Police in Hong Kong have arrested a number of pro-democracy demonstrators who refused to comply with a court order to clear a protest site in the city’s Mong Kok district, the scene of previous violent confrontations.
A total of 32 people were arrested, a police spokesman said yesterday, with 23 of those detained for contempt of court after police warned them not to interfere with workers and bailiffs enforcing a court order to remove obstructions from part of the protest area, one of three sites activists occupied.
Workers in hard hats and gloves, backed by bailiffs and police, spent most of the day clearing the 50-metre stretch of Argyle Street covered by the court order, which was granted to a minibus firm complaining its business had been affected.
Pro-democracy politician Leung Kwok-hung was among those taken to waiting police vans.
By evening, traffic was flowing again on the street for the first time in two months, but tensions rose as protesters scuffled on a side street with police trying to force them away from the area. Nine more people were arrested for assaulting officers, police said.
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The chaotic scenes underscored the challenge Hong Kong authorities face in trying to shut down the protest site in the gritty working-class district. It is home to a more unruly and aggressive crowd compared with the main protest site next to government headquarters where protesters put up little resistance last week to a court order to remove barricades.
Authorities are today expected to enforce a second restraining order covering the rest of the Mong Kok site granted to taxi drivers. “Tomorrow will be the main event,” said MP Albert Chan of the radical pro-democracy People Power party.
“There will be more people joining the resistance. Maybe there will be more arrests tomorrow.”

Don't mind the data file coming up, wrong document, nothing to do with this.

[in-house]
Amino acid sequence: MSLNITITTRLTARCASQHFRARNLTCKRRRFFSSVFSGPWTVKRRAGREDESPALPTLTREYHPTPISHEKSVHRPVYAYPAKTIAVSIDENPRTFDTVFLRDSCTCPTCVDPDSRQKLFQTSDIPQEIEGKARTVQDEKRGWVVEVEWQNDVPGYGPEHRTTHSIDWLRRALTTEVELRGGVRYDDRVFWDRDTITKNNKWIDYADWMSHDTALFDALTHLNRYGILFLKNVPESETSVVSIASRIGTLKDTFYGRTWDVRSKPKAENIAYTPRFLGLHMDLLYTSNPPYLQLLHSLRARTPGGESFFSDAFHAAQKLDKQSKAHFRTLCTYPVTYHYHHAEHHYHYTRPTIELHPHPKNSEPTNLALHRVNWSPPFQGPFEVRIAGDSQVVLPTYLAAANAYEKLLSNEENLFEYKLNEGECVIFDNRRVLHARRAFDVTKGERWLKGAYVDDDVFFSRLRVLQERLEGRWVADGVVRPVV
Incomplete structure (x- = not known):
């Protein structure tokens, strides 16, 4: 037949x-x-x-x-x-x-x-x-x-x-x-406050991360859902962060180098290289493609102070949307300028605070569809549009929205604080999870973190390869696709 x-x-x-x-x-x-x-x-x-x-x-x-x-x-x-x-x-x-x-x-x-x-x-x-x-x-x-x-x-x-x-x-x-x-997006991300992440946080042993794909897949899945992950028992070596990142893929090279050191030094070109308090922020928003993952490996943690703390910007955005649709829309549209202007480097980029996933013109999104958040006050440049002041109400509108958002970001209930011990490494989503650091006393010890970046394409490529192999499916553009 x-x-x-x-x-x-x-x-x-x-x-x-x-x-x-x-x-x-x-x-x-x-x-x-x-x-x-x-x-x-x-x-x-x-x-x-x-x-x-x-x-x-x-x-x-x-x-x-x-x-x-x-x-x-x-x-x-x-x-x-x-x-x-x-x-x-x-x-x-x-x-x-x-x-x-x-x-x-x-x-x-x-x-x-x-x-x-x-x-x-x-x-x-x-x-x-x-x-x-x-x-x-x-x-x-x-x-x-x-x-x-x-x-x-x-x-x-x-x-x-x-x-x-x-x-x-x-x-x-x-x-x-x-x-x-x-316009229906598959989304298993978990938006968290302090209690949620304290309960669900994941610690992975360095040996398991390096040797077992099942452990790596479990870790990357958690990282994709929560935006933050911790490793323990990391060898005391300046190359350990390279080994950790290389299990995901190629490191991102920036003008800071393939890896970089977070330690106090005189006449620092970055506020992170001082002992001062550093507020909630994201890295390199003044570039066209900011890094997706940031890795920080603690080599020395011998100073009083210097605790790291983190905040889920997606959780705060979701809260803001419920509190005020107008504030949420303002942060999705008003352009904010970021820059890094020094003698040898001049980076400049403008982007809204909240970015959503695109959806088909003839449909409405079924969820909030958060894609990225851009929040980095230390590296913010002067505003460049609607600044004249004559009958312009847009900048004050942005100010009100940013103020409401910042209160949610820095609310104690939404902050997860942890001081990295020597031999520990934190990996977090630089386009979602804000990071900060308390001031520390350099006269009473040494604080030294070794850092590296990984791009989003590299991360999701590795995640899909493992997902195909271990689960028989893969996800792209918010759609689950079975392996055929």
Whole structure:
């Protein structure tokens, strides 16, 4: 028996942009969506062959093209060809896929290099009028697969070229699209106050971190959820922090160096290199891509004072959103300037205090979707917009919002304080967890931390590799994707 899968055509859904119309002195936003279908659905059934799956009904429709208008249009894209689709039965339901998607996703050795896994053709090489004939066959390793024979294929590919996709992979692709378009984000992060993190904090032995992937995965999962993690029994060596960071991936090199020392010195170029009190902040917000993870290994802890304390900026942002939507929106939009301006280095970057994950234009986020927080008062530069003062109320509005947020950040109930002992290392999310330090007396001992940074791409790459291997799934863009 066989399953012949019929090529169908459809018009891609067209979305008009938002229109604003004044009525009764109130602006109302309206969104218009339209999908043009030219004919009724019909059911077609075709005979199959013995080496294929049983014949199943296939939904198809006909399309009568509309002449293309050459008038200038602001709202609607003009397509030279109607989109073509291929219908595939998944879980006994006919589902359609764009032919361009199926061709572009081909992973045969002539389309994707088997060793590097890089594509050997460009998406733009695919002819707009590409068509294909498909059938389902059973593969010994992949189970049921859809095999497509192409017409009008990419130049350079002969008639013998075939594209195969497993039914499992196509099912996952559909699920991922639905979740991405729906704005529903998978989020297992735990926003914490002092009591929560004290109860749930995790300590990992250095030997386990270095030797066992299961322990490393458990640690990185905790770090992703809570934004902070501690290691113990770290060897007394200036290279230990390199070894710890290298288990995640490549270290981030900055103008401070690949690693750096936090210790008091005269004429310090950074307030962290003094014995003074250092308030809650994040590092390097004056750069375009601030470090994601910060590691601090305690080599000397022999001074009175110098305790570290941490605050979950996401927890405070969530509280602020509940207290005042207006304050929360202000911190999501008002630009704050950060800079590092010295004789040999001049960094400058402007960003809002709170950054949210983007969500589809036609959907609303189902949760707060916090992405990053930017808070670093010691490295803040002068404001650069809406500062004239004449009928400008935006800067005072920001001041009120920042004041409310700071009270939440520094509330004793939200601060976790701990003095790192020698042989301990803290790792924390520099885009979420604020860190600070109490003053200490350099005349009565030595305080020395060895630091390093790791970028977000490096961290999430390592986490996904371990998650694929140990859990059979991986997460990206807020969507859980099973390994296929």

Protesters initially put up no resistance as workers started tearing down barricades and moving wooden pallets and other junk into the middle of an intersection to be taken away.
But as the authorities pushed down Argyle Street to remove tents and other debris, they faced defiance from protesters, who used delaying tactics such as asking for more time to pack up their belongings.
Activists have been camped out on major thoroughfares since 28 September demanding greater democracy in the semiautonomous city. The standoff has continued with no end in sight as neither the government nor student-led protesters have shown they will compromise.
“I’ll continue to fight for true democracy,” housewife Candy Chan, 50, a frequent Mong Kok visitor, said. “We’re fighting because we want the government to come out and respond to our demands.”
A small crowd applauded police from the sidelines. Businessman Andrew Tang said the protesters were not realistic in demanding Hong Kong’s government scrap Beijing’s requirement that a panel screen candidates for inaugural 2017 elections, adding they miscalculated by not withdrawing earlier.
“The Communist Party will never surrender,” he said, as he gave a thumbs-up to the police.
The clearances come at a critical phase for the protest movement, with student leaders running out of options, and public support, with the number of demonstrators dwindling.
More than 80 per cent of 513 people surveyed last week by Hong Kong University researchers said the protesters should go home. The poll had a margin of error of 4.4 percentage points.
A survey by the Chinese University of Hong Kong released days earlier found about two-thirds of 1,030 respondents felt the same way.
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